Red Bull GmbH v Big Horn UK Limited & others  EWHC 124 (Ch)
In the matter of alleged trade mark infringement by Big Horn UK Limited, Voltino Eood and Lyubomir Enchev (the Defendants) against registered EUTMs of Red Bull (the Claimant).
In February 2018, RB brought infringement proceedings against the Defendants on the basis that they used signs similar to RB’s trade marks on energy drinks and bottled water in the UK and EU (Articles 9(2)(b) and (c) and 9(3)). Note that this judgement concerns the First and Third Defendants only as judgment against the Second Defendant issued in October 2019.
The First Defendant, Big Horn UK Limited, is a UK company set up by the Third Defendant, Mr Enchev (who is the sole director), in May 2017 to sell the goods subject of these proceedings.
Due to various issues (solicitors ceasing representation, failure to participate in CMC and pre-trial review and health issues), the trial eventually took place with Mr Enchev attending via conference call.
|RB Trade Marks||Big Horn Signs|
|EUTM No. 3629342
|EUTM No. 52746
|EUTM No. 1564301
Link to Second Defendant
In August 2016, the Second Defendant filed an EUTM application for the first device above, which RB opposed (refused registration on 7 January 2019). However, Big Horn energy drinks started to sell in the UK and Bulgaria regardless. RB’s test purchases found the cans were identical in shape and size.
As the First and Third Defendants did not serve any witness evidence or disclosure, the precise nature of their involvement with the Second Defendant was unclear. However, it is not disputed that the First Defendant imported and sold energy drinks in the UK and Mr Enchev was the “controlling mind”.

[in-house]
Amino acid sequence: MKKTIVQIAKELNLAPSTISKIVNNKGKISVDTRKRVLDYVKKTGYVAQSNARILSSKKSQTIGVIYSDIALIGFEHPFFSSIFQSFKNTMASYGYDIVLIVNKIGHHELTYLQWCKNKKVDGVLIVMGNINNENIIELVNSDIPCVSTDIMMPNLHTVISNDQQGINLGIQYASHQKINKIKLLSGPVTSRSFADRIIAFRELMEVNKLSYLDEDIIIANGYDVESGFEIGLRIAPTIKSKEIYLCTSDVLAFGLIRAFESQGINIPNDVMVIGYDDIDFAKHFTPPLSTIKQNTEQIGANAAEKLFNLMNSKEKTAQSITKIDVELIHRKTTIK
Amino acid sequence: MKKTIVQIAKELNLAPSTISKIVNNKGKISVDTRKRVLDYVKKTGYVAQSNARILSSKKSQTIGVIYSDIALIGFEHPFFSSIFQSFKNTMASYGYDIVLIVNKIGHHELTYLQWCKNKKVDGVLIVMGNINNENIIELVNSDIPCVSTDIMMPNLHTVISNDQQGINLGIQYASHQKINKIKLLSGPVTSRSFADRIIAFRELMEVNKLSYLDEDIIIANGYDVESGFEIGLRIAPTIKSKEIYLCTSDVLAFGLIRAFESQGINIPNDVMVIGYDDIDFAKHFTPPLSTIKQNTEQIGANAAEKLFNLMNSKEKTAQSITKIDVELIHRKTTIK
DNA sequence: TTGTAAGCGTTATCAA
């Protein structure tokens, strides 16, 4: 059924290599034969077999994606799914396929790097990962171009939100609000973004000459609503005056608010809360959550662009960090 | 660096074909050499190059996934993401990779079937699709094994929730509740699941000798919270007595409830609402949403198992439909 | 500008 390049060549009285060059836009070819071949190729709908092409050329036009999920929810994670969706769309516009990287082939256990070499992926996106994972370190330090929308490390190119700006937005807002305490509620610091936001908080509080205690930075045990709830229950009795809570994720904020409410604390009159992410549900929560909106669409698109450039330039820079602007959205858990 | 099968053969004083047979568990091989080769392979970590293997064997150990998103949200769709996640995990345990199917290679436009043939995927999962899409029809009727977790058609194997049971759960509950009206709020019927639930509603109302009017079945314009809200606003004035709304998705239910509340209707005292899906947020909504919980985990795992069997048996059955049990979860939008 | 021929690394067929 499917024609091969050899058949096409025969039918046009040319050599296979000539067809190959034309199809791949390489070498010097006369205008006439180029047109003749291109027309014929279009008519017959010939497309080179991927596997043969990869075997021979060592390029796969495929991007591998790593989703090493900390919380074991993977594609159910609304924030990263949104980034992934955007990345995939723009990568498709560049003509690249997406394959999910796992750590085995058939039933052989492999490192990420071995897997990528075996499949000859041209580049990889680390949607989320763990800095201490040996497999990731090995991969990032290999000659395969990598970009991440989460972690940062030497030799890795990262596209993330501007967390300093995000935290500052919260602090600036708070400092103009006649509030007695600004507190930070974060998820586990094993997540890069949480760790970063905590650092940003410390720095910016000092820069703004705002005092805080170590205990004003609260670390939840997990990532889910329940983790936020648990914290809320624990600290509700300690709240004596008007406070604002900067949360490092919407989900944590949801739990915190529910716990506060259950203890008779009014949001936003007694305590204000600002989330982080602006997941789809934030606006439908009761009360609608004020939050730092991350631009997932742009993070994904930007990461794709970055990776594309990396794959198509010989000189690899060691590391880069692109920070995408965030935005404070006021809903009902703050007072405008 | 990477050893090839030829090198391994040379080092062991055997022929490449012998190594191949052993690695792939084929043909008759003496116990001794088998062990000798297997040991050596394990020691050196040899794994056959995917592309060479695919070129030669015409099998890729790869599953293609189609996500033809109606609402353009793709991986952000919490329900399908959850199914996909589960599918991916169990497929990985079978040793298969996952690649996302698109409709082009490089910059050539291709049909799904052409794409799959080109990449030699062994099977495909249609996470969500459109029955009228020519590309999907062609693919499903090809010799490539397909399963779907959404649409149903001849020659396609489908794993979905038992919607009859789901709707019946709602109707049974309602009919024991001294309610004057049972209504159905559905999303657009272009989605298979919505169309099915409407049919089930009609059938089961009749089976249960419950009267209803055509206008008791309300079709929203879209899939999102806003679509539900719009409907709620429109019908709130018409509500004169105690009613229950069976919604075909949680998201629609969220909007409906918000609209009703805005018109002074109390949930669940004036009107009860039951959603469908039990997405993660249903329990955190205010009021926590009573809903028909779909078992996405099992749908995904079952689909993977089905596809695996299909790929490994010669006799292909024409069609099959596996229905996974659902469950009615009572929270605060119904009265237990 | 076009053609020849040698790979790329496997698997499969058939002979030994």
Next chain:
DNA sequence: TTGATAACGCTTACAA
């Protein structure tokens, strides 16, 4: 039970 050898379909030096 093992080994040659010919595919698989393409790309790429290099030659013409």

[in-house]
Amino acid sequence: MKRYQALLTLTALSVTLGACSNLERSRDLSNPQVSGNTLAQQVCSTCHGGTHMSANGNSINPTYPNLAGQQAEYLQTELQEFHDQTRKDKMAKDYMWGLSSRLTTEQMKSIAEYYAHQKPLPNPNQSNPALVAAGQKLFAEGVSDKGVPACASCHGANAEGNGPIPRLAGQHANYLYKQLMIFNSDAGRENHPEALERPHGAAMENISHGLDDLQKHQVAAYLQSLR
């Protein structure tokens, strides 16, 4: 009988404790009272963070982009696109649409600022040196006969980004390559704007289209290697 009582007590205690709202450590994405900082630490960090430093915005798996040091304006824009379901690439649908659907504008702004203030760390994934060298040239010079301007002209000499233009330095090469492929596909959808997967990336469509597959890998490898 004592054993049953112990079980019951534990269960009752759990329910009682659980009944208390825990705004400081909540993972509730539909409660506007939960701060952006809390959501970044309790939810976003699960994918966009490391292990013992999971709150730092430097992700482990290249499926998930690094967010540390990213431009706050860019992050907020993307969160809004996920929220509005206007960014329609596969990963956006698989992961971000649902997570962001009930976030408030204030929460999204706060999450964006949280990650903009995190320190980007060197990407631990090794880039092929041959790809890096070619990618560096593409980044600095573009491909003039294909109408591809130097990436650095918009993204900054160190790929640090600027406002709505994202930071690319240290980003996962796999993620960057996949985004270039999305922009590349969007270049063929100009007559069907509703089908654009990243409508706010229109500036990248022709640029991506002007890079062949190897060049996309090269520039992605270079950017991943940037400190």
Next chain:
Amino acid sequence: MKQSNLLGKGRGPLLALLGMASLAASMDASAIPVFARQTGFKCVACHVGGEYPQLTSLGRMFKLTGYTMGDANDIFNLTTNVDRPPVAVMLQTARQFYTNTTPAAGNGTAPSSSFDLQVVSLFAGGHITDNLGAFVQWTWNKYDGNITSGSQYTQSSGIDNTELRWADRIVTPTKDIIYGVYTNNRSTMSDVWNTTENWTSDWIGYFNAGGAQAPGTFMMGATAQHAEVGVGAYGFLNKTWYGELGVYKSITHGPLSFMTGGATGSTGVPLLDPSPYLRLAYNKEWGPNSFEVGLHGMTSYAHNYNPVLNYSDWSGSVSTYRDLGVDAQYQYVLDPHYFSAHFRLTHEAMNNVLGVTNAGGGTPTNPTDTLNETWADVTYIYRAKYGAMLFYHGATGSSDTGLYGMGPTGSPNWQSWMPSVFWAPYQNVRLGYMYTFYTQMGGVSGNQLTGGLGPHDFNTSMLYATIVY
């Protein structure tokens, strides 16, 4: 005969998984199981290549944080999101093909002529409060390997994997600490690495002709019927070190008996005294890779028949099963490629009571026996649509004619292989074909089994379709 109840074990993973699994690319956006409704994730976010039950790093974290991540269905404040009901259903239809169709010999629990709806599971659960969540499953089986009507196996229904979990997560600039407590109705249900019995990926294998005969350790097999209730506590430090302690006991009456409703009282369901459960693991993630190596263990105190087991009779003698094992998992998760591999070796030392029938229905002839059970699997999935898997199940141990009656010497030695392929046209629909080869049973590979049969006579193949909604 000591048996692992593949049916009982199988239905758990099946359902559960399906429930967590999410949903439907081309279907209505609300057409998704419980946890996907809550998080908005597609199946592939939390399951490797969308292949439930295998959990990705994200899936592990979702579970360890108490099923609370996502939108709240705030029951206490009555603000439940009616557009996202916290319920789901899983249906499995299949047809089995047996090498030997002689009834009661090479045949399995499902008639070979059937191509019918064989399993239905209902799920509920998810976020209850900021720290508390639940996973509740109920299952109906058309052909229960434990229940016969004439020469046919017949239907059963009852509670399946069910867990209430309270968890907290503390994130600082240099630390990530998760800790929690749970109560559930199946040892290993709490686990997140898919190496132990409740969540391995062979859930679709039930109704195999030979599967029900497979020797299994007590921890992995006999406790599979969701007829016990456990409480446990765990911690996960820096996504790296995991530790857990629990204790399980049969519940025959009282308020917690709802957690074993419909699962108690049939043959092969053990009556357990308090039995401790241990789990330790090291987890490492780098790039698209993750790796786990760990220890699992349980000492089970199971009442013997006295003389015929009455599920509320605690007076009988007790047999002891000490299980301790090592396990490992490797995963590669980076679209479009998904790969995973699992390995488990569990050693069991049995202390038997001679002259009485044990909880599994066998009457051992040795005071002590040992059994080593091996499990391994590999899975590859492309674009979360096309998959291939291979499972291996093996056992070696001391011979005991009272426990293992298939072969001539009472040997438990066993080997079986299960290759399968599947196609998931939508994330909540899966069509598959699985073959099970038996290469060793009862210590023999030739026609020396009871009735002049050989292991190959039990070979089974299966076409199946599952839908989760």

At trial, Mr Enchev said he started negotiations with the Second Defendant in April 2017 to be a distributor of the Big Horn energy drinks. A contract (undisclosed) was entered in to in May 2017 and terminated on 1 March 2019 (although advertising was ongoing after termination).
Given the marks cover the same goods and are visually and conceptually similar, the Judge found that the Big Horn signs would cause the average consumer to link those signs with RB’s trade marks. As there was no evident due cause, use of the Big Horn signs took unfair advantage of the distinctive character and reputation of RB’s trade marks.
The Judge held “it is quite evident that Big Horn’s signs have been designed so as to enable Big Horn to free-ride on the reputation of Red Bull, and to benefit from the very considerable marketing efforts of Red Bull to create a particular image associated with its trade marks”.
The Judge declined to consider likelihood of confusion in detail, but said he “would not have been persuaded that the Big Horn signs give rise to a likelihood of confusion …Rather, it [is] far more likely that the average consumer would perceive the Big Horn products as cheaper or alternative versions of Red Bull’s products, stimulating sales of the former in a way that would not have occurred had the Big Horn signs not evoked so directly the visual and conceptual forms of the Red Bull trade marks”.
Accordingly, use of the Big Horn signs infringed RB’s rights under Article 9(2)(c).
Further, being the sole director, Mr Enchev was liable with Big Horn UK Limited as a joint tortfeasor.
- a finding of unfair advantage to the distinctive character or reputation of a mark does not also mean that there is a likelihood of confusion
- if you are a sole director, there is a high chance that you will be liable as a joint tortfeasor
This article was first published in the May 2020 issue of CITMA Review, the journal of the Chartered Institute of Trade Mark Attorneys (CITMA). For more information on CITMA, please visit their website here.
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